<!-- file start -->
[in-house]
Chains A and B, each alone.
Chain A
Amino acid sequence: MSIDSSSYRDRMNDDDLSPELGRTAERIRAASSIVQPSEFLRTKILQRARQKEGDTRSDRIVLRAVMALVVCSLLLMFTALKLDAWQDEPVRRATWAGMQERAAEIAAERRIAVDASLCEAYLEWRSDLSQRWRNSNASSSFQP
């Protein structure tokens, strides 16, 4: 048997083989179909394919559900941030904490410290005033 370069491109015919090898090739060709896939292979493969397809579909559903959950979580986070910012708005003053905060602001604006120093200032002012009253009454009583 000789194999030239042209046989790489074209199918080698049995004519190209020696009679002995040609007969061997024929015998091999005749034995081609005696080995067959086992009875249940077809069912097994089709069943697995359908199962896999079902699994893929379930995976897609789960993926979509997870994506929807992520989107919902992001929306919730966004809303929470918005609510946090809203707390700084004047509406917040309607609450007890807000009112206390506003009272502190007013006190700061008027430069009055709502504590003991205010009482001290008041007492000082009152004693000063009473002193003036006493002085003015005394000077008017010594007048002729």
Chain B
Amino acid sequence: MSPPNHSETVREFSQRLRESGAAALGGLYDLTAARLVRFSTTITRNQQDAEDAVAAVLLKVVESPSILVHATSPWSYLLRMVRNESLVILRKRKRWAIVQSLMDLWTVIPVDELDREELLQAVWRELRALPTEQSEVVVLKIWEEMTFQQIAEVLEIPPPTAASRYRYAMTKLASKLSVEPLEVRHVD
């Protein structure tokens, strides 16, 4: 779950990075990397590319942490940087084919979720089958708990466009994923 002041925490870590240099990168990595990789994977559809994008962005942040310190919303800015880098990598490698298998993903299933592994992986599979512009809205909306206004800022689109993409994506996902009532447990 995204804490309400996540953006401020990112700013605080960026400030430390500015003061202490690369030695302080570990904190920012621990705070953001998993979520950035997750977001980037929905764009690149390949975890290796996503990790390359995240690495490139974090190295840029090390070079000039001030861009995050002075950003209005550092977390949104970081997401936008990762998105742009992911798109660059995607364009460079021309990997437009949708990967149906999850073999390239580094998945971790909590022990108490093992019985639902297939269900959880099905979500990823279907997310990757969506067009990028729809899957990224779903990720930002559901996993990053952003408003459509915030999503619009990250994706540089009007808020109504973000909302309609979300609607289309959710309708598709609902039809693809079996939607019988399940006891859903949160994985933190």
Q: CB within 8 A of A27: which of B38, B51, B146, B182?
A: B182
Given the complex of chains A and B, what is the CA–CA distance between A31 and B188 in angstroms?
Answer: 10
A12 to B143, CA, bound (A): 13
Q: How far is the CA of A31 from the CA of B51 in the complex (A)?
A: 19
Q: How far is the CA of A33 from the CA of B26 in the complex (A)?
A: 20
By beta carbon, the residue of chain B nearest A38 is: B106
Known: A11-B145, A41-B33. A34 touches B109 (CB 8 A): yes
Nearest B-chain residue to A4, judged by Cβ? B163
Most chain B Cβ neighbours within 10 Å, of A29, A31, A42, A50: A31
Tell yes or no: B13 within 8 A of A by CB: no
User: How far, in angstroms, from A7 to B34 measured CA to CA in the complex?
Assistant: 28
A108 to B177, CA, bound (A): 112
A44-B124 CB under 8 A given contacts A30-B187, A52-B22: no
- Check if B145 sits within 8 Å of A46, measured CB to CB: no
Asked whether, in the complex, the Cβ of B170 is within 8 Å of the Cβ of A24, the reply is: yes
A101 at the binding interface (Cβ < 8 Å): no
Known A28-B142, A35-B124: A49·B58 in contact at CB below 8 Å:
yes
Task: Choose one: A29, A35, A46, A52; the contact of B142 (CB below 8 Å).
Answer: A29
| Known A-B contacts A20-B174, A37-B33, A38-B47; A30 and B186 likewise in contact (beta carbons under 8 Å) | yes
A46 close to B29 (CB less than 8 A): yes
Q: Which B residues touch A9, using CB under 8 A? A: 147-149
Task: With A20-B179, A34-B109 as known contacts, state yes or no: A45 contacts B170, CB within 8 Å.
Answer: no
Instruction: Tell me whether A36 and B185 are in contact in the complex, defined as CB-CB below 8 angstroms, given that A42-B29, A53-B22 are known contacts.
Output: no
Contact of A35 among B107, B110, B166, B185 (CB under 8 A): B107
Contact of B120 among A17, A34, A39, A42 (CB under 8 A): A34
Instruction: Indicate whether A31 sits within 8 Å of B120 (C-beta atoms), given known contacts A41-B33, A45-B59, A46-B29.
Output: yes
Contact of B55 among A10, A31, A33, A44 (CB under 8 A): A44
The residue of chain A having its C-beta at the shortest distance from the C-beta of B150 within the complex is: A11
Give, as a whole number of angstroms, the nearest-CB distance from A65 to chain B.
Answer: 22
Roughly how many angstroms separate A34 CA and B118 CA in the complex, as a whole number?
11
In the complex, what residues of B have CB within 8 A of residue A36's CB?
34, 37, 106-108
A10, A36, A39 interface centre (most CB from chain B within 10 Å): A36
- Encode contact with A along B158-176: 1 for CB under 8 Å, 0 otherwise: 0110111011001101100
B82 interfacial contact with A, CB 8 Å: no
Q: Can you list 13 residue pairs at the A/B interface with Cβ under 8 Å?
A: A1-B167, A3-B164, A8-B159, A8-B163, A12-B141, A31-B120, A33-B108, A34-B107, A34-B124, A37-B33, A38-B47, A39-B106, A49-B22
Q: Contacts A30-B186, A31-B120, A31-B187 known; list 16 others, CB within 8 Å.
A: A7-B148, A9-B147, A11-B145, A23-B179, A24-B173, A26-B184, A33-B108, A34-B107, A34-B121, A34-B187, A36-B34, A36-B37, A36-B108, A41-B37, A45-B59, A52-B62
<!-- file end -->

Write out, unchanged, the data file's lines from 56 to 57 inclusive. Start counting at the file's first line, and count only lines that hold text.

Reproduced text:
Q: Can you list 13 residue pairs at the A/B interface with Cβ under 8 Å?
A: A1-B167, A3-B164, A8-B159, A8-B163, A12-B141, A31-B120, A33-B108, A34-B107, A34-B124, A37-B33, A38-B47, A39-B106, A49-B22